Jeff: Well now our are older and more mature they need a firmer hand than Turner.

MFT: I had decided that Turner was a baddy from day one. As the show went on I kind of wavered on that. I remember that Damon said the character answered  everything so ambiguously that it was difficult to know where he stood.

Jeff: I think initially we were going to have Turner always tell the truth, or at least not lie, about things he was asked. That was the intent but, I think, we had a hard time sustaining that trait.  It did work for quite some time, in episode five (in season one) he does answer every question put to him about Marta.

‘Stitchers’ Season Two “on Set” Interviews

ABC Freeform approved Stitchers for a second season rather quickly after the season one finale aired. The series will premiere on March 22, 2016 and fans will be eagerly tuning in to see just how the first season’s cliffhanger turns out.


Freeform approved Stitchers for a second season rather quickly after the season one finale aired. The series will premiere on March 22, 2016 and fans will be eagerly tuning in to see just how the first season’s cliffhanger turns out.

“Stitchers” is a show of many colours. It contains a touch of science fiction combined with mystery, as well as a little fantasy, a dash of action and a bit of romance…All of that diversity in just the genre department alone.

Add to this mix a cast of attractive and damned talented people who deliver great performances every week plus a creator with vision and a penchant for pop culture references and the end result is a show that entertains thoroughly.

It also has fascinating characters that are fleshed out well enough to make the events on-screen seem more plausible.

All of these elements combined to make the first season of Stitchers a hit with viewers and convinced the powers that be at  Freeform (then Family) to bring the show back for a second season.

After writing reviews for each episode throughout the first season, Mike’s Film Talk was approached by the show’s creator Jeff Schechter. Mr. Schechter left an open invitation to visit the set if the series was approved for a second season.

It was.

On January 28, 2016 this writer was allowed the privilege of visiting the main Stitchers set and also interviewed the  cast and the show’s creator Jeff Schechter. On that long day, the cast and crew were filming the second season finale and the actors graciously fit in long moments of time, out of their hectic schedule, to speak with Mike’s Film Talk.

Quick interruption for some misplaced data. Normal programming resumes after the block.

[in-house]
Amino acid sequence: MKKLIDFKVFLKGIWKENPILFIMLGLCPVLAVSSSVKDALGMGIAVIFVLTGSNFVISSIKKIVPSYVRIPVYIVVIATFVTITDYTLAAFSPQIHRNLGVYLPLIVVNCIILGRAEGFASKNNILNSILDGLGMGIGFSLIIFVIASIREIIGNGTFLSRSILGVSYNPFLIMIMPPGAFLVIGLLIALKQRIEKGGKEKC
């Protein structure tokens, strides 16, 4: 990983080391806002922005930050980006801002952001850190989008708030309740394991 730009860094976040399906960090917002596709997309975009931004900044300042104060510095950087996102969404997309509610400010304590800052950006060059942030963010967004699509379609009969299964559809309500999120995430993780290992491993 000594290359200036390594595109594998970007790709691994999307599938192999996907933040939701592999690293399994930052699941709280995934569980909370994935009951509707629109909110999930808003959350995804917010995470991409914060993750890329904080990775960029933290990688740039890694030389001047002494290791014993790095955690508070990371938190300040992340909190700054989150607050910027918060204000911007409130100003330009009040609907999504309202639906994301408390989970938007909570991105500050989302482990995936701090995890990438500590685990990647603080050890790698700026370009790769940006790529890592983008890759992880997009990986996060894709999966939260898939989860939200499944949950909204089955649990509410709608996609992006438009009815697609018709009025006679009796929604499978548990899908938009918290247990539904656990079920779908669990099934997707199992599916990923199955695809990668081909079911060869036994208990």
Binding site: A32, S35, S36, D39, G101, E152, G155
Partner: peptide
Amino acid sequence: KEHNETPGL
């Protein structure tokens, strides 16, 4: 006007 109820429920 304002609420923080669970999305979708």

(Throughout the following  articles Mike’s Film Talk will be shown as MFT during the Q&A sessions.)

The interviews will be broken into three different articles: One for the men of the show, one for the women and another for the creator.

All of those interviewed agreed that this season of Stitchers was going to be even better than the first. Two-point-oh (2.0) was the phrase used a lot, with the implication that all the characters have evolved along with the storyline of the verse.

The location of the studios where Stitchers is filmed, except for location shooting, is Santa Clarita Studios (roughly 30 minutes north of Burbank and very near Magic Mountain) which is  scattered over an area that includes “gated” premises and other stages nestled amongst the buildings and industrial estate of Santa Clarita proper.

Entering the main gate, one immediately sees stages off to the right. To the left, and slightly behind the gate is the main complex, its front covered partially with ivy and glass. Immediately in front of the gate are a number of vans, trailers, and a caterer’s area.

Caterers, the main complex and a left over bit of set dressing  from Vegas

Getting checked off the visitor list and texting the publicist Robin meant having a little time to look around and take in the surroundings. Seconds after texting  Ms. Finn, she  arrived and proper introductions were made. While waiting for her to park up, the first cast member to come wandering by  was Damon Dayoub (Detective Fisher).